How to make raw dog food yourself
Feeding a dog homemade raw food does not have to be complicated, but people are good about making anything complicated! We tend to worry way too much.
This post is intended to show newbies that raw feeding can be simple. You can make it more complicated down the road if you want, but getting started is easy.
Yes, you want to make sure your dog is getting enough variety in his raw dog food diet. But as long as your dog doesn’t have specific health concerns, he should do OK assuming you feed the correct balance of nutritious foods.
The following are some tips to help you get started feeding a dog raw food.
How I feed raw dog food
I make raw feeding as easy as possible.
I buy nearly all the ingredients at grocery stores, Costco, farmers markets and pet food stores.
I don’t have a huge freezer stuffed with food. I simply buy a week’s worth of food or so at a time, just as I would buy for myself.
Here is the basic ratio I try to follow for Ace’s raw dog food diet:
- 70 percent meat
- 10 percent organ meat (half of this is liver)
- 10 percent bone
- 10 percent fruits and veggies
Does this mean my dog gets two balanced meals every single day? Heck, no! He probably never gets a balanced meal. This is just the basic ratio I strive for over any given week or month. In addition to the above, I also feed my dog:
- A tablespoon of cottage cheese or plain yogurt with most meals. He loves it!
- A fish-oil tablet once a day or so
- Sometimes a glucosamine tablet
How did I decide on that ratio?
I believe dogs are carnivores, but in order for dogs to benefit from a truly carnivorous diet, they would need the option of literally eating whole prey animals. You know, including the:
- a little fur and feathers
While some raw feeders are able to provide this option for their dogs through a variety of excellent sources, I am not willing to do so at this time. I would love to feed my dog portions of a whole deer or a whole rabbit, but frankly I don’t have the energy or the time or the storage right now.
The “whole prey model” of raw feeding typically focuses on feeding 80 percent meat, 10 percent bone and 10 percent organs. I believe that is an excellent model, but I also like the idea of adding a small amount of fruits and veggies to my dog’s diet because it gives him a larger variety of nutrients. Not all dog owners are going to agree on whether dogs need fruits and veggies, and that’s OK. We all have to make our own choices.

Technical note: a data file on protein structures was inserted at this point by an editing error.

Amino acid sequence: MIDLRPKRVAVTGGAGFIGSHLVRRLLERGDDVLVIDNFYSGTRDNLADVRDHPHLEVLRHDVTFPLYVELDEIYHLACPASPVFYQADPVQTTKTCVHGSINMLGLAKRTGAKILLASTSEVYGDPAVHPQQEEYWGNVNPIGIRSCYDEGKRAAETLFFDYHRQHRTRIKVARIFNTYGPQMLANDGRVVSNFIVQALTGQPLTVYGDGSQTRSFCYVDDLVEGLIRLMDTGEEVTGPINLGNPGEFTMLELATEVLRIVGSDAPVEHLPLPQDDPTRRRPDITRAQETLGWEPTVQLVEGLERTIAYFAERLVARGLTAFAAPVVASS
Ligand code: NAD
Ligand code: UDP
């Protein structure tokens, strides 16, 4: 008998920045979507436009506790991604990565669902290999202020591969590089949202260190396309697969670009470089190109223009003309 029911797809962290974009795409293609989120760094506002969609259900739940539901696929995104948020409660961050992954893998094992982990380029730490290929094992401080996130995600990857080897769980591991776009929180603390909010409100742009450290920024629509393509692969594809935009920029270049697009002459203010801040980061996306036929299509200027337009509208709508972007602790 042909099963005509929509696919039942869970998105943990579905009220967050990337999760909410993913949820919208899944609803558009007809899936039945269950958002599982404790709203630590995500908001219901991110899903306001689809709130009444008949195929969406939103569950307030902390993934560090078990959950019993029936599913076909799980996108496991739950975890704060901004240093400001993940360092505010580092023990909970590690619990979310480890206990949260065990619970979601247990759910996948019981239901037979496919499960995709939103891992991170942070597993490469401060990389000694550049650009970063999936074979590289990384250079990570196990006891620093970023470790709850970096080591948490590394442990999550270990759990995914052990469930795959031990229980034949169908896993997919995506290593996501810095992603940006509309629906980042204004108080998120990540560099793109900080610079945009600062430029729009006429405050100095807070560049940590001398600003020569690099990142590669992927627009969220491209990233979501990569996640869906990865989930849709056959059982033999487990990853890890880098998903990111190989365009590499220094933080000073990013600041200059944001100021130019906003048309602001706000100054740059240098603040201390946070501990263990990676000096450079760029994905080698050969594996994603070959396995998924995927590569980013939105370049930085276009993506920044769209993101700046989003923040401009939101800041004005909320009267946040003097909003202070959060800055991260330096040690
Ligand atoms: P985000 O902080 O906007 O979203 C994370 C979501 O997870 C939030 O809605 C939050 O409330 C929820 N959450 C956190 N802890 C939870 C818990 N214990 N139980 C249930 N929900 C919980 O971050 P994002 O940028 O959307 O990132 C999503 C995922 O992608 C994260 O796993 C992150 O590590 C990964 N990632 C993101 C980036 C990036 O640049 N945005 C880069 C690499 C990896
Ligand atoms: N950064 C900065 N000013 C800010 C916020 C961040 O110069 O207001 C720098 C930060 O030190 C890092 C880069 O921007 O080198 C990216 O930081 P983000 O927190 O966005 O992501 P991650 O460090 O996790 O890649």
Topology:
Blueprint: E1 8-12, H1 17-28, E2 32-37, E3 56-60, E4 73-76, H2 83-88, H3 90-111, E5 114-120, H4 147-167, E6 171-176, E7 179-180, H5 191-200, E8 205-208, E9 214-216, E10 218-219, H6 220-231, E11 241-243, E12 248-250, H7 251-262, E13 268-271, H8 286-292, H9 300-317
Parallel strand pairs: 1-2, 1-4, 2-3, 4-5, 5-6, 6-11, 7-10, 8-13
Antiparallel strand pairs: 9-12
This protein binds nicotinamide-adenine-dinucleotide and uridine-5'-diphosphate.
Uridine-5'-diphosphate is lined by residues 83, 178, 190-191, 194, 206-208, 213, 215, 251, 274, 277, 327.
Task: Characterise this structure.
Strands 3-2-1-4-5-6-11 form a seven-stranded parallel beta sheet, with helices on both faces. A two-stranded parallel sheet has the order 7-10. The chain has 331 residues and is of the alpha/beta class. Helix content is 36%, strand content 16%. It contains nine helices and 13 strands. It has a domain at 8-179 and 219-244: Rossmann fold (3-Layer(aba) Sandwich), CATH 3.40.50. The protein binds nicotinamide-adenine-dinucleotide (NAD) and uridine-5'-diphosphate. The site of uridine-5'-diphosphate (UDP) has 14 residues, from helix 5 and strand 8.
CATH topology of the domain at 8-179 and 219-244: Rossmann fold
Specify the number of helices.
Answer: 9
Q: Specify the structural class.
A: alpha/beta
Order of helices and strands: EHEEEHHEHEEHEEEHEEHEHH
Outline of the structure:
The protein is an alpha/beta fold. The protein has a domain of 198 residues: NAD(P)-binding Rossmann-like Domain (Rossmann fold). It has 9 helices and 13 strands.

What types of raw food should I feed my dog?
Here are some examples of foods I regularly include in Ace’s raw dog food diet. I buy all of this at local grocery stores, ethnic grocery stores, Costco or pet food stores. You can find better deals if you work directly with a butcher, rancher, farmer or possibly a CSA group.
Meat: “Whole” chickens (as whole as they come), chicken quarters, chicken thighs, chicken hearts and gizzards, turkey hearts and gizzards, ground meats, boneless pork chops, turkey thighs, boneless pork roasts, boneless beef roasts.
Organ meat: Beef liver, chicken liver, turkey liver, tripe (stomach lining), any kind of “innards” such as beef or pork kidneys. Check ethnic markets, butcher shops or the freezer section of natural pet food stores.
Bones: Ace only eats raw chicken and turkey bones within the meat such as when I give him a chicken quarter or a turkey thigh. He also gets egg shells. I do not feed any beef or pork bones, not even for “recreational chewing” because I don’t want him to swallow large chunks or hurt his teeth.
Fruits: Apples, strawberries, raspberries, blackberries, blueberries, bananas. That’s about it. I don’t feed a ton of fruit.
Veggies: Pretty much anything I’m eating – Sweet potatoes, yams, zucchini, broccoli, red peppers, kale, spinach, dark lettuce, green beans, peas, carrots, squash, pumpkin. Sometimes I chop the veggies up, but it’s better to blend or cook them for easier digestion. Remember, dogs aren’t exactly designed for eating veggies.
Other: Chicken eggs, canned sardines, fish oil, small amounts of plain yogurt, small amounts of full-fat cottage cheese
Is this perfect?
No. I’m simply doing the best I can. None of us eat perfectly healthy meals all the time, so that’s why my goal is always variety. A variety of different types of meats in Ace’s raw dog food should always be my goal.
To make things easier, you could buy pre-made commercial raw dog food and use it for convenience feeding once or twice per week. Sure, it’s expensive, but it’s an easy way to add variety. I recommend you buy a protein source that’s different from what you’d normally feed. For example, when I buy commercial raw dog food, I prefer to buy lamb or rabbit.
Well, that’s about as simple as I can make it! You may also be interested in my tips on how to make affordable raw dog food.
If you found this post helpful, you’ll definitely benefit from my ebook “10 Easy Raw Dog Food Recipes.” It goes over everything I’ve learned about raw feeding.